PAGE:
Schizoid Personality Disorder

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Schizoid Personality Disorder:

The Nature and Characteristics of Schizoid

Cole Butler

Sonoma State University

Abstract
Eugen Bleuler first used the term “Schizoid” in 1908 and described it as “...a human tendency to direct attention toward one's inner life and away from the external world”. Schizoid Personality Disorder (SPD) is characterized by a lack of interest in any form of social relationship, a solitary lifestyle, and secretness. People with SPD are often indifferent, which can cause interpersonal difficulty. Individuals with the disorder may have trouble voicing their opinions when faced with unfavorable situations, and most often remain passive about many issues. Communication with others can be awkward and lack sincere meaning. As a result, they are not able to accurately understand how others think of them, and know how well they are getting along with others. This can lead to a feeling of severe self-consciousness and paranoia.

Schizoid Personality Disorder:
The Nature of Schizoid Personality Disorder

The American Psychiatric Association (2008) reports that the prevalence in the general population of schizoid personality disorder (SPD) in the general population is less than 2%. Other studies have found a community prevalence of 5.1% in the United States. There is an increased prevalence of schizoid personality disorder in relatives of people with schizophrenia, as well as those who have been sexually abused as a child. The DSM classifies Schizoid Personality Disorder as:

“A. A pervasive pattern of detachment from social relationships and a restricted range of expression of emotions in interpersonal settings, beginning by early adulthood (age eighteen or older) and present in a variety of contexts, as indicated by four (or more) of the following:

Neither desires nor enjoys relationships or human interaction, including being part of a family Almost always chooses solitary activities
Has little, if any, interest in having sexual experiences with another person Takes pleasure in few, if any, activities with other people
Lacks close friends or confidants other than first-degree relatives Appears indifferent to the praise or criticism of others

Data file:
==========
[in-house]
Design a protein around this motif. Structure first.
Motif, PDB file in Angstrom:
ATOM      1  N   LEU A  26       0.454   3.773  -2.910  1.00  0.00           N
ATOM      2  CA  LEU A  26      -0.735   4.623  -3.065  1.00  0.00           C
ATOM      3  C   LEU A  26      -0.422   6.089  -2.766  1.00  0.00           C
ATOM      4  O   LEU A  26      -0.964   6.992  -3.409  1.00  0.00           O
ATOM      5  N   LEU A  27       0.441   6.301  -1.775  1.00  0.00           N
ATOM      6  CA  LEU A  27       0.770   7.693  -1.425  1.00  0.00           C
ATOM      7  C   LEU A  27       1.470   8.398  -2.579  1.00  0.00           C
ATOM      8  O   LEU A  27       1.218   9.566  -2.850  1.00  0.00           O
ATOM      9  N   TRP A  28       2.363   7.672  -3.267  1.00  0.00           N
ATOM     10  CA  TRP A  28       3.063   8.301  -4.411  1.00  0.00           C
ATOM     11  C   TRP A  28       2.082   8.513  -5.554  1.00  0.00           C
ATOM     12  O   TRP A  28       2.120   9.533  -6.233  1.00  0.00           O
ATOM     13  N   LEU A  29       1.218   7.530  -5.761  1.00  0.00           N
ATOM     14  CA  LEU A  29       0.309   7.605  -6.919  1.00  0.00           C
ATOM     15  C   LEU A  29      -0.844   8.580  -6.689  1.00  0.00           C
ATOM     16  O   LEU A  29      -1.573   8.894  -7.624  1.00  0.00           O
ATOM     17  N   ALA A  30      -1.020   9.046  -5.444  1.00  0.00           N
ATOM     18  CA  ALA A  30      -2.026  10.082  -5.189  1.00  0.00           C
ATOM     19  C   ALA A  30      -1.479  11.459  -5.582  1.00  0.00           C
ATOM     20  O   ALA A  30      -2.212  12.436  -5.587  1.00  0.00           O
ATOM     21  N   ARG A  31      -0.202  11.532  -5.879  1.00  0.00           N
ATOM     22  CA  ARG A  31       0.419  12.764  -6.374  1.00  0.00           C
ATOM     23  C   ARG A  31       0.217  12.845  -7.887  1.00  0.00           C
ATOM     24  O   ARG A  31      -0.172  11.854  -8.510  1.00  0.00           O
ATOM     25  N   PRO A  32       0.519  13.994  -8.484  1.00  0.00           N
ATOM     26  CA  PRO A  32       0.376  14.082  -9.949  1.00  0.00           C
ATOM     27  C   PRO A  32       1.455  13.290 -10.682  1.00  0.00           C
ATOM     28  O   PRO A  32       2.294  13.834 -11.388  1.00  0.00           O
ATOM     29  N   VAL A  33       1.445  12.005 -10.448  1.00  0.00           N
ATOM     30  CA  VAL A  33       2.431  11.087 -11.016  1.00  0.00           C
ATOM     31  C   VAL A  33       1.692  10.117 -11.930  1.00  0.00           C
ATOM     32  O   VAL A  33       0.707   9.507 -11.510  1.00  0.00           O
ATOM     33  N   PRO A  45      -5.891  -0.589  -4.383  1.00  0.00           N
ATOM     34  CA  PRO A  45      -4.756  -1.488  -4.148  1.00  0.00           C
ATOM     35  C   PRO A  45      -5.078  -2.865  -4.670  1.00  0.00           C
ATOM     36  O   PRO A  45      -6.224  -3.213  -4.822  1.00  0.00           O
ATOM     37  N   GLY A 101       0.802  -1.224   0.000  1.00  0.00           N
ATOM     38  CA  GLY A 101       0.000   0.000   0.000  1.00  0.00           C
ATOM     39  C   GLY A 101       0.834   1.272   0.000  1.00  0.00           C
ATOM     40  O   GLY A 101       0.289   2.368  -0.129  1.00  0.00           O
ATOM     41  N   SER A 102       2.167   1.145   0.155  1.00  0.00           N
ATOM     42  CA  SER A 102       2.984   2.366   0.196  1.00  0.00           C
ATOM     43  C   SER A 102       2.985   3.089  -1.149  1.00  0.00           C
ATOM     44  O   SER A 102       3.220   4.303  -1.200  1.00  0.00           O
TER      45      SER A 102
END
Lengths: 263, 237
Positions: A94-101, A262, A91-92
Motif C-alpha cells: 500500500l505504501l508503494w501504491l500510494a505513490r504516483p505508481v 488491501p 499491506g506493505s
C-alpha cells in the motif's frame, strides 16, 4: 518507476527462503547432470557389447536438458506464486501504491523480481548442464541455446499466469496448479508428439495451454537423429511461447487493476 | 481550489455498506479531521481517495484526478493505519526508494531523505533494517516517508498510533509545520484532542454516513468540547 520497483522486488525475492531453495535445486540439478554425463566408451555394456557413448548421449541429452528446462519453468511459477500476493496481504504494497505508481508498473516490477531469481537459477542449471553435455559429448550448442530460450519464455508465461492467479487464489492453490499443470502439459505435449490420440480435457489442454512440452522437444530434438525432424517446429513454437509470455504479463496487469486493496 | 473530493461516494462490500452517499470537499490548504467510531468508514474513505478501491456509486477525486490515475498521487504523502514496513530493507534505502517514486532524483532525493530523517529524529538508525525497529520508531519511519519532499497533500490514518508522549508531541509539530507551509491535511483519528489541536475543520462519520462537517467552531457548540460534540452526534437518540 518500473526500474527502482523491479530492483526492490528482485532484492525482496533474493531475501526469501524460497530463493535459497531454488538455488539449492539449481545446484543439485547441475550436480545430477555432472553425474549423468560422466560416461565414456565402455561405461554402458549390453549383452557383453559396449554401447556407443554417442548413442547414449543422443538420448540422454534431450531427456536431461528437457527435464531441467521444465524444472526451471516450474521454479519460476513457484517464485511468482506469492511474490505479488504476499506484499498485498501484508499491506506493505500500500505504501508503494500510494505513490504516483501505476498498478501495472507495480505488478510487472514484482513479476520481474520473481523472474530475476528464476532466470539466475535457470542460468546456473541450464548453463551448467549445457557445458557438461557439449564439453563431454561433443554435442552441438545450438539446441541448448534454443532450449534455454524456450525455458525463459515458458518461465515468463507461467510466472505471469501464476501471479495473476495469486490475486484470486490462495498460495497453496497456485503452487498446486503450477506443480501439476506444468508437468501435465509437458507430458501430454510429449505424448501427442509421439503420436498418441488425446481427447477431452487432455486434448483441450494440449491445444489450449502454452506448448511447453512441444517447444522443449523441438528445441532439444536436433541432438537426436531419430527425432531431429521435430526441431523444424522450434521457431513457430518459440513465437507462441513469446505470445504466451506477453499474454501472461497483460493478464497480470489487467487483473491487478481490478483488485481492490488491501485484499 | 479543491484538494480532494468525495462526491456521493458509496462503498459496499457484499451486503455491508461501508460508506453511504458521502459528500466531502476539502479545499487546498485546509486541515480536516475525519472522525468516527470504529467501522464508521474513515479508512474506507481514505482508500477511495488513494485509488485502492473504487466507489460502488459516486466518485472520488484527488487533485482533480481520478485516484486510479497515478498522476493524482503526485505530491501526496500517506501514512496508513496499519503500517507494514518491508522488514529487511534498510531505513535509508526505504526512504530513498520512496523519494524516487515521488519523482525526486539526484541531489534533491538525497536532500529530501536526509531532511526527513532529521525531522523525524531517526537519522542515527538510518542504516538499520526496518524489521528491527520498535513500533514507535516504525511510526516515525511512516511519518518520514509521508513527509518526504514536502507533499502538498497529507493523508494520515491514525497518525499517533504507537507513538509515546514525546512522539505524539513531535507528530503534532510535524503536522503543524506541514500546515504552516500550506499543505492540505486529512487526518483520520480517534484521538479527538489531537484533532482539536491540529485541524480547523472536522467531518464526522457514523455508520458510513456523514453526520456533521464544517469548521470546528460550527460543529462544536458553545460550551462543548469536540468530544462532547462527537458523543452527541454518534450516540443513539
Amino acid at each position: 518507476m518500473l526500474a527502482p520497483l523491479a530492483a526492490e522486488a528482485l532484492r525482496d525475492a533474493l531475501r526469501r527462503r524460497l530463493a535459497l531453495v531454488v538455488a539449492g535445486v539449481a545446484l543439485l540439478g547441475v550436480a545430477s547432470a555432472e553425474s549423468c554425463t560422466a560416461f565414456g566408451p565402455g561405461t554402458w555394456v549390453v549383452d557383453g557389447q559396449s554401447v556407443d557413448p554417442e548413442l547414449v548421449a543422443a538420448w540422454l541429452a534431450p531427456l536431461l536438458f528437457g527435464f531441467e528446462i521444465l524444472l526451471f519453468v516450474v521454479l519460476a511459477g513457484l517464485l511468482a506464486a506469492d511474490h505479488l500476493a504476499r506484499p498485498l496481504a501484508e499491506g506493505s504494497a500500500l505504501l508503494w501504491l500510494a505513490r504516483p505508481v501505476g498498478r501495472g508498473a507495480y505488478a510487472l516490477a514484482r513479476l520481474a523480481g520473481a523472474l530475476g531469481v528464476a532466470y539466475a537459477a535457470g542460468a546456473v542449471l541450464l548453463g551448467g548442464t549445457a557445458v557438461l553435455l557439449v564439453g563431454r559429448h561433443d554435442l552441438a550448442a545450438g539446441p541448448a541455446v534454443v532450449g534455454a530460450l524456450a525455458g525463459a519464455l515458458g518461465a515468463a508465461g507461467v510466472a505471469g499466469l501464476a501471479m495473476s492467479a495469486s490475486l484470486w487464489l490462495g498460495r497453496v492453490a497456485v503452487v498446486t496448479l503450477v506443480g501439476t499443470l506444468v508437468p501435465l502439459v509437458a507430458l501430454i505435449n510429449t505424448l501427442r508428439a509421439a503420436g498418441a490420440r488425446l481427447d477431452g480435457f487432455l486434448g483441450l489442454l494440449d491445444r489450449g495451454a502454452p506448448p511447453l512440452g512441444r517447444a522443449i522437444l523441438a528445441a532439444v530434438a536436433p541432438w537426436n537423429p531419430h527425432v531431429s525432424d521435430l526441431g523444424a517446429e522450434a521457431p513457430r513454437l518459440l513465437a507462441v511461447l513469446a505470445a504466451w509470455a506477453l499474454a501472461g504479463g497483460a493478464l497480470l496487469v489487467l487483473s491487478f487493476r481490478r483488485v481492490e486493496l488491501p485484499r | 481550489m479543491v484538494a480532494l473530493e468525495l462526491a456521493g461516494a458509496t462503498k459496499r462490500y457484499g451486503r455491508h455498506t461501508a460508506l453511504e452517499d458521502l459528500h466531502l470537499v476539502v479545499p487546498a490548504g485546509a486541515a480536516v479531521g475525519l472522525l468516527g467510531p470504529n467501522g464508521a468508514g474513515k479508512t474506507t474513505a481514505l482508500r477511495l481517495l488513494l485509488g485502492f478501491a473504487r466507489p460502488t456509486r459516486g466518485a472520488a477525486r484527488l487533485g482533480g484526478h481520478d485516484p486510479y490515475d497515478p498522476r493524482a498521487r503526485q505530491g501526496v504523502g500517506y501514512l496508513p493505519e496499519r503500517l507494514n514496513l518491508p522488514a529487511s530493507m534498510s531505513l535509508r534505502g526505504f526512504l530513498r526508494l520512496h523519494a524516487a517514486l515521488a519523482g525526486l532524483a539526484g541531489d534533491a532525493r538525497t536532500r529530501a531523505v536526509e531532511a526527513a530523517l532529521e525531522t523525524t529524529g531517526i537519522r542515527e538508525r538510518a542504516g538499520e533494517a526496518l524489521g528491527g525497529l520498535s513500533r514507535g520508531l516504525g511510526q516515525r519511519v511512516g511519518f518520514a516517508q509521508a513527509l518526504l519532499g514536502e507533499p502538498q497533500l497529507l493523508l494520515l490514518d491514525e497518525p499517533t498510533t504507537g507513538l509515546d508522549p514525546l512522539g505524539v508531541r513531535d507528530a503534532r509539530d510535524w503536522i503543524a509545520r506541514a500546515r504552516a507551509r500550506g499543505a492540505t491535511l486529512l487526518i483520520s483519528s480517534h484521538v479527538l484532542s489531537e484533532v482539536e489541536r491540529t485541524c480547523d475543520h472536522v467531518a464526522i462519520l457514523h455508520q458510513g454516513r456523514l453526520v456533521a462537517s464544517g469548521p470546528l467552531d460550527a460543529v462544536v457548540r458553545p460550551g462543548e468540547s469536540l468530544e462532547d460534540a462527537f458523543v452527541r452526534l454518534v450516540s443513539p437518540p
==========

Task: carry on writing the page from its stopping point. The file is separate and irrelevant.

Shows emotional coldness, detachment, or flattened affect
B. Does not occur exclusively during the course of schizophrenia, a mood disorder with psychotic features, another psychotic disorder, or a pervasive developmental disorder and is not due to the direct physiological effects of a general medical condition.” Though there are several methods of treatment, most doctors suggest a short-term therapy/medication treatment, as long term can be difficult for the patient to remain motivated to continue returning and having unwanted social interaction. Seeing a psychologist allows the patient to open up and possibly become more comfortable with interpersonal communication, enabling a more personable identity. Those with SPD may demonstrate a vivid and wild fantasy life, and attain hobbies according to such. Things like video games, drawing, photography, and other solo activities are what interest SPD victims the most. Someone with SPD doesn't go out to social events, have intimate relationships, or even have many friends. Social interaction like that just isn't appealing to patients with SPD. They may never live a completely normal life with friends, a spouse, and other people to communicate with. However, this does not mean they aren't happy. People with Schizoid rarely ever describe their life as “dull” or “boring”. Some patients tell of the immense pleasure they receive when making a job well done and finishing their work. Many are workaholics, and pour their heart and soul into every step of their careers. People with SPD are much more of a benefit to our society than some people may realize. Without the constant distraction of friends, relationships, and social events, they are...
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